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Understanding Early Civilizations By Bruce G. Trigger (McGill University, Montreal)

Understanding Early Civilizations
by Bruce G. Trigger (McGill University, Montreal)

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£12.99
A detailed comparative study of the seven best-documented early civilizations: ancient Egypt and Mesopotamia, Shang China, the Aztecs, peoples in the Valley of Mexico, the Classic Maya, the Inka, and the Yoruba. Equal attention is paid to similarities and differences in their sociopolitical organization, economic systems, religion, and culture.
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Understanding Early Civilizations Summary


Understanding Early Civilizations: A Comparative Study by Bruce G. Trigger (McGill University, Montreal)

This book offers the first detailed comparative study of the seven best-documented early civilizations: ancient Egypt and Mesopotamia, Shang China, the Aztecs and adjacent peoples in the Valley of Mexico, the Classic Maya, the Inka, and the Yoruba. Unlike previous studies, equal attention is paid to similarities and differences in their sociopolitical organization, economic systems, religion, and culture. Many of this study's findings are surprising and provocative. Agricultural systems, technologies, and economic behaviour turn out to have been far more diverse than was expected. These findings and many others challenge not only current understandings of early civilizations but also the theoretical foundations of modern archaeology and anthropology. The key to understanding early civilizations lies not in their historical connections but in what they can tell us about similarities and differences in human behaviour.

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Understanding Early Civilizations Reviews


'This work is a milestone in the scientific study of sociocultural evolution ... I know of no other comparative study of early civilizations of similar scope, depth, and originality.' Philosophy of the Social Sciences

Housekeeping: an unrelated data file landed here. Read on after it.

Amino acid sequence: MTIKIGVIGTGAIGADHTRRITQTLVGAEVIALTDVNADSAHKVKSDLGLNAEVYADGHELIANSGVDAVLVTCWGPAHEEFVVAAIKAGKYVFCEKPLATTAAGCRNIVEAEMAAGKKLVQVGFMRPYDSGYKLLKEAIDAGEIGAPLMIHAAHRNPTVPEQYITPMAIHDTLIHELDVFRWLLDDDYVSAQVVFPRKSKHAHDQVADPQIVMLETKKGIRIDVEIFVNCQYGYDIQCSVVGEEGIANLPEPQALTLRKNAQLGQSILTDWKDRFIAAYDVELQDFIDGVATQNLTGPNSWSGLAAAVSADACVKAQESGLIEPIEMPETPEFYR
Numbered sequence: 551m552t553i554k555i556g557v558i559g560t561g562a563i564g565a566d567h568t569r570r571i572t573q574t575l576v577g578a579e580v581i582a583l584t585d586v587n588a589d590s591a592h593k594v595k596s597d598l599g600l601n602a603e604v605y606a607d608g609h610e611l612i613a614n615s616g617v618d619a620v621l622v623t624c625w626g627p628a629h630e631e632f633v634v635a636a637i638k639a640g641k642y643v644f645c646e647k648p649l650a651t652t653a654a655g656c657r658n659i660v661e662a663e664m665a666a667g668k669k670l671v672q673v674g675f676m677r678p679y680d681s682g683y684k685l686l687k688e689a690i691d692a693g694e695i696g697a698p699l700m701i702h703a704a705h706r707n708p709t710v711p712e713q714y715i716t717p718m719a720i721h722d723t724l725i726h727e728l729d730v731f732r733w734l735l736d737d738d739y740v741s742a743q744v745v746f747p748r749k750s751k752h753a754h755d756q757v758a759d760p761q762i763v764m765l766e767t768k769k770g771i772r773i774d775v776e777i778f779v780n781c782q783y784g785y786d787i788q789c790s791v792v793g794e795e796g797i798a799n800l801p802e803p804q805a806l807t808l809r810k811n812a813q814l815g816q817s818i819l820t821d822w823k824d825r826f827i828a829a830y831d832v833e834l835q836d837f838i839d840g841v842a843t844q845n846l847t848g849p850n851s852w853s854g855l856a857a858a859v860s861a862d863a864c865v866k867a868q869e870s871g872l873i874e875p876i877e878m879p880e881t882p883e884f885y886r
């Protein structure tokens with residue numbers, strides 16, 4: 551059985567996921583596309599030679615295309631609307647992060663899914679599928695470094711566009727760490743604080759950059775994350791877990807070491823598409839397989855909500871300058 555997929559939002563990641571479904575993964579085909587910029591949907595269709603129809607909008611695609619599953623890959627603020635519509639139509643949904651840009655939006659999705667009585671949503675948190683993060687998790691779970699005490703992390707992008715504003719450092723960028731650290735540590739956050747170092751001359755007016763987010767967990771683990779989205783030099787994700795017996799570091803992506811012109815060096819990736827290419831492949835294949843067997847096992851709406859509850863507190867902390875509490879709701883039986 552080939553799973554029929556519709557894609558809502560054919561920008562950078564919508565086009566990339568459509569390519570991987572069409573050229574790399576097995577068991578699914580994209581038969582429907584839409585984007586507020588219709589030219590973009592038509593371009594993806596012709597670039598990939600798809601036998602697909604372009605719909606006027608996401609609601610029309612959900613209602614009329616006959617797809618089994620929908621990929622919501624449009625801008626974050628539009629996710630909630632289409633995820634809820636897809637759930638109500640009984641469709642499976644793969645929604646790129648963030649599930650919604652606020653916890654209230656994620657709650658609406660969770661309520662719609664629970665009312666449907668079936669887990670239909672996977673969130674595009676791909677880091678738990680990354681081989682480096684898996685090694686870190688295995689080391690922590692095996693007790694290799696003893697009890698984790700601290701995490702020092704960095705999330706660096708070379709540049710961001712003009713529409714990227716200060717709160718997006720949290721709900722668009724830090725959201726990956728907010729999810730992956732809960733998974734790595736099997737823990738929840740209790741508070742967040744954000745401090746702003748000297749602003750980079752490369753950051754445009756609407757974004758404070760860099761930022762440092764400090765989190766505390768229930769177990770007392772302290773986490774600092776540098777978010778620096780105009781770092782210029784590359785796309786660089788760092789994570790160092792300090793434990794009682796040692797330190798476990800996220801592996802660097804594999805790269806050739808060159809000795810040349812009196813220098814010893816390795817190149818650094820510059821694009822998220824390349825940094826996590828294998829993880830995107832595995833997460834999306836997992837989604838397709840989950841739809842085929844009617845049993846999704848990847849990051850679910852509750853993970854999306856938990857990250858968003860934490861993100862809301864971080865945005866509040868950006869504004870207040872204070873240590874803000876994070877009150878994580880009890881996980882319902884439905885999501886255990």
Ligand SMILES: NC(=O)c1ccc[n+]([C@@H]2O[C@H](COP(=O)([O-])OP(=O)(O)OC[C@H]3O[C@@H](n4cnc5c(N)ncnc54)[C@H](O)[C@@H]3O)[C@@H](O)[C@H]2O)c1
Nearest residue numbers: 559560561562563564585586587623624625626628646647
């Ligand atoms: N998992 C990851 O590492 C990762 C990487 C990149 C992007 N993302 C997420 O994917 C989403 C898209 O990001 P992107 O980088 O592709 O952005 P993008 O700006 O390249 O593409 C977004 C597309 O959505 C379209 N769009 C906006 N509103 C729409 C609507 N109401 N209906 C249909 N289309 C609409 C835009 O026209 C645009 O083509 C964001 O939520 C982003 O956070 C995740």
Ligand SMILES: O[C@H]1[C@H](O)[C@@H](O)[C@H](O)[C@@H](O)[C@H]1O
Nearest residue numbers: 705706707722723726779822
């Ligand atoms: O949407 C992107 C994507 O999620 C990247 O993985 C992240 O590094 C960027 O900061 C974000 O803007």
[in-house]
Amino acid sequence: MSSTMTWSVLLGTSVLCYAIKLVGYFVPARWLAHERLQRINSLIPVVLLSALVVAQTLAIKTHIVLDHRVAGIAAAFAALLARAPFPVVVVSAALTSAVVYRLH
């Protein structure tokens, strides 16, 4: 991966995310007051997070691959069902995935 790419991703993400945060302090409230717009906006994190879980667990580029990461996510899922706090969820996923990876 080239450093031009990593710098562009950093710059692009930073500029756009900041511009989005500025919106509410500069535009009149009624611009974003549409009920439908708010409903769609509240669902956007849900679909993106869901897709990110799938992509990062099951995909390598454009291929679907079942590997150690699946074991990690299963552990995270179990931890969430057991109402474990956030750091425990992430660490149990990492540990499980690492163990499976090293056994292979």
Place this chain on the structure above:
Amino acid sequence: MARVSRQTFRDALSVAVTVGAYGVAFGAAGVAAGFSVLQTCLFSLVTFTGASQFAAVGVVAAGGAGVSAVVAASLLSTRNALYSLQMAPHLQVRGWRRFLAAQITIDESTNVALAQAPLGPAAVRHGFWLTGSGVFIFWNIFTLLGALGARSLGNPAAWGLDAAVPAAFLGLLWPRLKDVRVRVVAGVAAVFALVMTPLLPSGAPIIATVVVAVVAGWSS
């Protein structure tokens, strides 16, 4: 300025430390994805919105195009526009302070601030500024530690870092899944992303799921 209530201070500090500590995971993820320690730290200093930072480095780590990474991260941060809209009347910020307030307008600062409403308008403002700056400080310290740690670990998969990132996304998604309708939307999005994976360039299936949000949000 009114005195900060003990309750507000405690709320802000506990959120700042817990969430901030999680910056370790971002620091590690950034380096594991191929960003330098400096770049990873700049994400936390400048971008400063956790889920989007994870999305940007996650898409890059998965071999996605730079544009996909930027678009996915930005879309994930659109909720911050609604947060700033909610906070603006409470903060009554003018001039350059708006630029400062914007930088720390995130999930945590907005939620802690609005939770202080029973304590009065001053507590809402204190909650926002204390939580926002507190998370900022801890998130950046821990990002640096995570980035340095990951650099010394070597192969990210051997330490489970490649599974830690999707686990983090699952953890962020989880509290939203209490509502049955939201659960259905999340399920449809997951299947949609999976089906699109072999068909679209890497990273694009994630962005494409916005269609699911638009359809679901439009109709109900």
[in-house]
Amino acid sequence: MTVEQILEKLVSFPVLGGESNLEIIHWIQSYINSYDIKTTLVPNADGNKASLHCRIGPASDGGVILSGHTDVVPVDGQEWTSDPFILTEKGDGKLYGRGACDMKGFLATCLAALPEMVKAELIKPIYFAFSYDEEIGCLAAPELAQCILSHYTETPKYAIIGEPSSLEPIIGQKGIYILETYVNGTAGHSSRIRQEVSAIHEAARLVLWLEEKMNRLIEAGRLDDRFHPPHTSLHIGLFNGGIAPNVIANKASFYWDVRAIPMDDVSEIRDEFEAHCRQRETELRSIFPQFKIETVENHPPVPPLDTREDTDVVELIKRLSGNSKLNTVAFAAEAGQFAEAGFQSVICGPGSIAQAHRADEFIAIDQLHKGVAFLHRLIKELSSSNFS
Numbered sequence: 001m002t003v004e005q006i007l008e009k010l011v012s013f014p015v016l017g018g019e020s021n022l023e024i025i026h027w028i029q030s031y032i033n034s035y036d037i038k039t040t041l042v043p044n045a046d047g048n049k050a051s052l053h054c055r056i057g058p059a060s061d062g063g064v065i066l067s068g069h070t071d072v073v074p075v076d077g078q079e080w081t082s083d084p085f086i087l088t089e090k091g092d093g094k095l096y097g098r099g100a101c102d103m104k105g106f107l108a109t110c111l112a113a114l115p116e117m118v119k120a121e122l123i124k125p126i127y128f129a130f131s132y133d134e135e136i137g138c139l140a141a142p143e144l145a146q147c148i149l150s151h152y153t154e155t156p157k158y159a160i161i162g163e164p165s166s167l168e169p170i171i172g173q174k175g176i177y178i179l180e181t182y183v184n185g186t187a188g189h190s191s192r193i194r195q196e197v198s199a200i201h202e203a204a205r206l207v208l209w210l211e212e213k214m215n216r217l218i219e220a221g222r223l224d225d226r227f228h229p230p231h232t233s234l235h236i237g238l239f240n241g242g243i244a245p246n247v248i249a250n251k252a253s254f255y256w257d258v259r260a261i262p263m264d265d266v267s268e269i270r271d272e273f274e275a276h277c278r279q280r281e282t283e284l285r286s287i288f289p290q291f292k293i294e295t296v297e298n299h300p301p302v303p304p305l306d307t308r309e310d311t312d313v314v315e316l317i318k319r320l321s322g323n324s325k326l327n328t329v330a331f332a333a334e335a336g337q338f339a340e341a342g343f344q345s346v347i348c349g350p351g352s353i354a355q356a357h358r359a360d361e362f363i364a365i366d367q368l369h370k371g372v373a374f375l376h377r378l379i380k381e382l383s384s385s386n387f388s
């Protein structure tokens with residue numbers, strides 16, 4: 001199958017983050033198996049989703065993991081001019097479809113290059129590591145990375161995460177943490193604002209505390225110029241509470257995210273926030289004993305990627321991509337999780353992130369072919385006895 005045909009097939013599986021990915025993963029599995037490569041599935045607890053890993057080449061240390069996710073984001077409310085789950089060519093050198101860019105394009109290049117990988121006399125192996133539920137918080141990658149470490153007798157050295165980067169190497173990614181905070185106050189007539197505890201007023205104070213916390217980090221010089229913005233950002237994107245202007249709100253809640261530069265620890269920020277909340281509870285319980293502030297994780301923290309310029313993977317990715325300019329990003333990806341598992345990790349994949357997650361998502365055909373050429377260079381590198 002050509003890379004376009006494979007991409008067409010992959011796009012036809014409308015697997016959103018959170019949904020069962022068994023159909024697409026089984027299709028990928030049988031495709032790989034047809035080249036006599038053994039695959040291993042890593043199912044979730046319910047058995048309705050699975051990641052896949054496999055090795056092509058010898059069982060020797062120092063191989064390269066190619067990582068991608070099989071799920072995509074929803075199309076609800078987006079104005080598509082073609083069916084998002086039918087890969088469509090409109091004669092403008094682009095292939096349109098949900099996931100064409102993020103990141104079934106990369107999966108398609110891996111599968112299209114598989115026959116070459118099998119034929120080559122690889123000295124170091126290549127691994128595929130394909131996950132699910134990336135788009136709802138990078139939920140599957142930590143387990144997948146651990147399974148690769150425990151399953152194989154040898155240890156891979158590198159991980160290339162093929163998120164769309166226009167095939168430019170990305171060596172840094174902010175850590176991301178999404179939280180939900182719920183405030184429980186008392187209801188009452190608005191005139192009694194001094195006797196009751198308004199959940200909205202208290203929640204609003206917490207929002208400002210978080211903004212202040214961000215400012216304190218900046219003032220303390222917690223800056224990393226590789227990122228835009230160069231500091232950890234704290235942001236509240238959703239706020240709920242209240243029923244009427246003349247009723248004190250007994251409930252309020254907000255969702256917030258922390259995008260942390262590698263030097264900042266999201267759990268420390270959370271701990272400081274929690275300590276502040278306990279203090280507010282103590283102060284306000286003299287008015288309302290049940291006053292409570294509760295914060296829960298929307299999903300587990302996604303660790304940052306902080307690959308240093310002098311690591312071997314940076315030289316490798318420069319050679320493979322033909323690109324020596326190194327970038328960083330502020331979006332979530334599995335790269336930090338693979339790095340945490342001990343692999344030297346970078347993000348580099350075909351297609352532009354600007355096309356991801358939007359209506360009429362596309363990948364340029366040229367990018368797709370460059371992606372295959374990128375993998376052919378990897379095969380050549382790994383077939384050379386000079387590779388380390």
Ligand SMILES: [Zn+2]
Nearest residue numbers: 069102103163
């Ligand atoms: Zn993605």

'Its comprehensiveness of theme, readiness to pursue profound if difficult and sometimes not readily answerable questions, and impressive control of a wide range of sources, reflect distinguished thought and dedicated effort ... a major achievement.' The International History Review
'Understanding Early Civilizations is the capstone of Trigger's remarkable archaeological career. This is, quite simply, a definitive work.' Brian Fagan, University of California, Santa Barbara
'Trigger's study is monumental and magisterial. It is a work to treasure and digest for years to come.' Philip L. Kohl, Wellesley College
'The latest in Trigger's impressive string of ground-breaking works ... An astounding work of scholarship.' Boyce Richardson
'This book is an extraordinary undertaking and a great achievement ... It provides an accessible introduction to the problems and priorities of cross-cultural comparison and approaches to early civilisations.' Antiquity
"This is a major work of anthropological archaeology. Its comprehensiveness of theme, readiness to pursue profound if difficult and sometimes not readily answerable questions, and impressive control of a wide range of sources, reflect distinguished thought and dedicated effort. It stands out among comparative approaches to early human societies for its breadth and systematicity...This is as good a place as there is for the next generation of scholars to obtain a solid introduction to the intellectual substance of a field of great breadth and promise. The book should act as a powerful stimulant to the revitalization of comparative studies." Robert McC. Adams, University of California at San Diego, The International History Review
"Its comprehensiveness of theme, readiness to pursue profound if difficult and sometimes not readily answerable questions, and impressive control of a wide range of sources, reflect distinguished thought and dedicated effort. ...a major achievement." The International History Review